- Democratic Rep. Alexandria Ocasio-Cortez mocked President Donald Trump on Twitter on Wednesday after he again claimed that an ongoing audit meant he wouldn’t release his tax returns.
- “We didn’t ask you,” Ocasio-Cortez said.
- Earlier Wednesday, House Democrats requested six years of the president’s tax returns from the IRS.
- Trump became the first major-party presidential nominee in decades to refuse to release his tax returns.
Democratic Rep. Alexandria Ocasio-Cortez mocked President Donald Trump on Twitter on Wednesday after he again claimed that an audit meant he wouldn’t release his tax returns.
“We didn’t ask you,” tweeted the freshman representative, who has established a reputation for battling Republicans on social media.
Earlier Wednesday, the Democratic chairman of the House Ways and Means Committee formally requested six years of Trump’s personal and business tax returns from the IRS under an obscure code.
As a presidential nominee, Trump broke with decades of precedent when he refused to release his tax returns, saying they were under audit by tax officials.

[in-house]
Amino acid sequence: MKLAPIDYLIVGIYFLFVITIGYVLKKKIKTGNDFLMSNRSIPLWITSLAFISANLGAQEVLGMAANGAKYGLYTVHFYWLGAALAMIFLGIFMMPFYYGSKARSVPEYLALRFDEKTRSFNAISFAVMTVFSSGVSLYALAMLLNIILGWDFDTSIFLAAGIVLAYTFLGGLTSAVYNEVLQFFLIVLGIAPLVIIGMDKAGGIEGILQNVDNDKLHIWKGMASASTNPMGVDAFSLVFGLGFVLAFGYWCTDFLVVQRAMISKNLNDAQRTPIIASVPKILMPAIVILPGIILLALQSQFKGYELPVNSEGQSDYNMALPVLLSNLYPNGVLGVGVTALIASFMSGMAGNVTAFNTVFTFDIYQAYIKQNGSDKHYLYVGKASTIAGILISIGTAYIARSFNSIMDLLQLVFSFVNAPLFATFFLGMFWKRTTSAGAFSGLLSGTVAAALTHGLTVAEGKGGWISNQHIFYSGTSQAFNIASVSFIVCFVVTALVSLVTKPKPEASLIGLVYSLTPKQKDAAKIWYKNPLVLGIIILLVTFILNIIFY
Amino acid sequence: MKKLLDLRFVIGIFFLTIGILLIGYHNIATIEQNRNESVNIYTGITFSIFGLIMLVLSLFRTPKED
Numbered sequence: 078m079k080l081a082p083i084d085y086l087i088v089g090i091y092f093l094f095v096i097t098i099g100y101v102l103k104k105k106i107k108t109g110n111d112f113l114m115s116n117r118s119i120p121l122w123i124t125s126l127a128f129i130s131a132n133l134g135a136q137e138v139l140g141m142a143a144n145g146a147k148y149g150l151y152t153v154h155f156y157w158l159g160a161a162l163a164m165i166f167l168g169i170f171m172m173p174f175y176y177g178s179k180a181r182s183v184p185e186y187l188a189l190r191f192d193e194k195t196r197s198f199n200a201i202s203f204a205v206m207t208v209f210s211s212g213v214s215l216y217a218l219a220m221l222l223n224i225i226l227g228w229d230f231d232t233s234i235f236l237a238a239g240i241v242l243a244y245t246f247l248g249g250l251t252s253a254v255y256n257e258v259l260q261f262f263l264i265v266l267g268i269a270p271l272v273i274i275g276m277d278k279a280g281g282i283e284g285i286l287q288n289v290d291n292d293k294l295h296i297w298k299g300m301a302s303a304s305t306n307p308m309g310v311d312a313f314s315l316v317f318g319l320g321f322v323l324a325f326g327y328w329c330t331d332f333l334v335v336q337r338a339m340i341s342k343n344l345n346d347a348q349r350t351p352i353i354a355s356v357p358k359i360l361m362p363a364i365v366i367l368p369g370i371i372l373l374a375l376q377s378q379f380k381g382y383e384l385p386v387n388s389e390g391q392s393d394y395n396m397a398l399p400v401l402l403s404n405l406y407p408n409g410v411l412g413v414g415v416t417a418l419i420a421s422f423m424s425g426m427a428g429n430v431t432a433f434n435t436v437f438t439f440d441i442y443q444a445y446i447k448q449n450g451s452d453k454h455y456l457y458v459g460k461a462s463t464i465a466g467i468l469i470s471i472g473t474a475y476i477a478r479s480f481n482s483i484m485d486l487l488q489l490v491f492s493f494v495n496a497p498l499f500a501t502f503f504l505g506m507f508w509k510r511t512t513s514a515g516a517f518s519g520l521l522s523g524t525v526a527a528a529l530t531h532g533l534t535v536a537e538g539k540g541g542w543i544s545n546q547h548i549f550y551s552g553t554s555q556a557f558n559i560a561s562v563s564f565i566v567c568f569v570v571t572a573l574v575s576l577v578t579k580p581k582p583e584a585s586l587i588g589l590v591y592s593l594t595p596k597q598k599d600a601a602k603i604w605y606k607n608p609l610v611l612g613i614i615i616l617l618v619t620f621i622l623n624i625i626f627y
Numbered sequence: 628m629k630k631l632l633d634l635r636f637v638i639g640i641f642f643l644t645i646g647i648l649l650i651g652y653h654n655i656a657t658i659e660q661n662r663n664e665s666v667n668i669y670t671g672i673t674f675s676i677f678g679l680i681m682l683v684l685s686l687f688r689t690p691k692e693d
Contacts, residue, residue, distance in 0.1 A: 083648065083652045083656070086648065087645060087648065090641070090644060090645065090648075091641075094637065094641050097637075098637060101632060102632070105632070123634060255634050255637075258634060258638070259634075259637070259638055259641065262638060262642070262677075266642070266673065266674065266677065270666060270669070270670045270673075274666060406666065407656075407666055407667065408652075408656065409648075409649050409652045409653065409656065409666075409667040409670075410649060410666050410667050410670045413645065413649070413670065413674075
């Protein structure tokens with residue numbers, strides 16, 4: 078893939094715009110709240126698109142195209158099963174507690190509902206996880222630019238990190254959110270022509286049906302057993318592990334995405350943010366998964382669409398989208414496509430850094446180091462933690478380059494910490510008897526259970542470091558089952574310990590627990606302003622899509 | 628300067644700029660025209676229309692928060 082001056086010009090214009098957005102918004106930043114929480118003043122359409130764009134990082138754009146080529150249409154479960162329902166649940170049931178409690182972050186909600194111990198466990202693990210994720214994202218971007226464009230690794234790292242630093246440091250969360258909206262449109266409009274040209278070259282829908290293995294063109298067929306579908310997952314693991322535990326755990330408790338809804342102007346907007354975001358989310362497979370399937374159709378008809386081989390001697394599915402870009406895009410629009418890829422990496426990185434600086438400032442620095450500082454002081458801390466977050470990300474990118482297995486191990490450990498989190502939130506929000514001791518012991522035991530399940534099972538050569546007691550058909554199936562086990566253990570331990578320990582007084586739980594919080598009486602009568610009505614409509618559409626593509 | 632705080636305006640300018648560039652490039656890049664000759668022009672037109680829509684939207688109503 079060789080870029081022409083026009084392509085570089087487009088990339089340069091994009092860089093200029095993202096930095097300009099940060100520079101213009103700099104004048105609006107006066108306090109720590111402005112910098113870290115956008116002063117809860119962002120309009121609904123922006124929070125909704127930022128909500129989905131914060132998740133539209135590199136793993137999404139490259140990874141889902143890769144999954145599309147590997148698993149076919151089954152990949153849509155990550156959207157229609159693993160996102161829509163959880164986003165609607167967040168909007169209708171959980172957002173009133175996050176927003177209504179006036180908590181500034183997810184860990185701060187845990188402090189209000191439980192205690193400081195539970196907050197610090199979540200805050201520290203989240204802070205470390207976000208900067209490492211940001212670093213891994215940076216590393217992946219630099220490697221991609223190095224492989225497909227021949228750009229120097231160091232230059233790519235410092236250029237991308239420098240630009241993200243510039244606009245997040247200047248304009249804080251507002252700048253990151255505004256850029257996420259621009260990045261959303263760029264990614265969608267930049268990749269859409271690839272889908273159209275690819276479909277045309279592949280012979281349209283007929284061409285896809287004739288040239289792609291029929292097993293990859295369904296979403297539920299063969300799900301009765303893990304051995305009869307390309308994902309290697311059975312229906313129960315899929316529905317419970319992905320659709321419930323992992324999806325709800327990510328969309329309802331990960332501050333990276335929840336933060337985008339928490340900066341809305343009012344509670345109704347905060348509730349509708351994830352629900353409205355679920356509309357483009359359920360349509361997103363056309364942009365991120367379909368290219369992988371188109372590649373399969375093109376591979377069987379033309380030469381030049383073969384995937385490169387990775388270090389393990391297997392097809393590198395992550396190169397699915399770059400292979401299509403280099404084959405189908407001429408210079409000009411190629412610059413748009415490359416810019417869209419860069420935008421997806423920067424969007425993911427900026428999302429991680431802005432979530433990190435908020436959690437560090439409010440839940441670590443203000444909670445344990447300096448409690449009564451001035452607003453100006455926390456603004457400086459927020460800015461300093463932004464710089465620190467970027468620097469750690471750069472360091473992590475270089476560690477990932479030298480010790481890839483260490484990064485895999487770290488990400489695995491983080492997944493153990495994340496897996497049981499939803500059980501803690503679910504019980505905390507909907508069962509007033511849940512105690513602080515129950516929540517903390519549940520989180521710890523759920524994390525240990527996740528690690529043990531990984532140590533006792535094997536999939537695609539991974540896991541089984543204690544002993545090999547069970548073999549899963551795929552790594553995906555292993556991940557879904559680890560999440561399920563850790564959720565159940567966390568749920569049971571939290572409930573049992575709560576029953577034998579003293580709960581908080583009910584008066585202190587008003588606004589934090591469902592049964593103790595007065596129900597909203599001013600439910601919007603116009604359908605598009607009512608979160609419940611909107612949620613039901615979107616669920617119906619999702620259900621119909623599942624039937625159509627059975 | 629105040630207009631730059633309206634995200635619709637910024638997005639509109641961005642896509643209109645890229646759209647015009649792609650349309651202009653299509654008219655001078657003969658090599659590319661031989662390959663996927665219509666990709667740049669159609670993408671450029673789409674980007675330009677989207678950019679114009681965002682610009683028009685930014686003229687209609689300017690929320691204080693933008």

Only one other major-party presidential nominee has refused to disclose the information: Gerald Ford in 1976 released tax summary data but not full returns.
Congress: “We’re going to need a copy of the President’s tax returns from 2013-2018.”
45: “No, I’m ‘under audit.’ ”
Congress: “We didn’t ask you.”
— Alexandria Ocasio-Cortez (@AOC) April 3, 2019
When asked by reporters on Wednesday whether he planned to release the returns, Trump again declined and said they remained under audit.
“We’re under audit, despite what people said,” Trump said. “We’re working that out as – I’m always under audit it seems. But I’ve been under audit for many years because the numbers are big, and I guess when you have a name you’re audited. But until such time as I’m not under audit, I would not be inclined to do that.”
The IRS has said there are no rules preventing a person from sharing tax information while they are being audited.
In her tweet, Ocasio-Cortez mockingly included a hypothetical exchange between Congress and the president:
“Congress: ‘We’re going to need a copy of the President’s tax returns from 2013-2018.’
“45: ‘No, I’m “under audit.”‘
“Congress: ‘We didn’t ask you.'”
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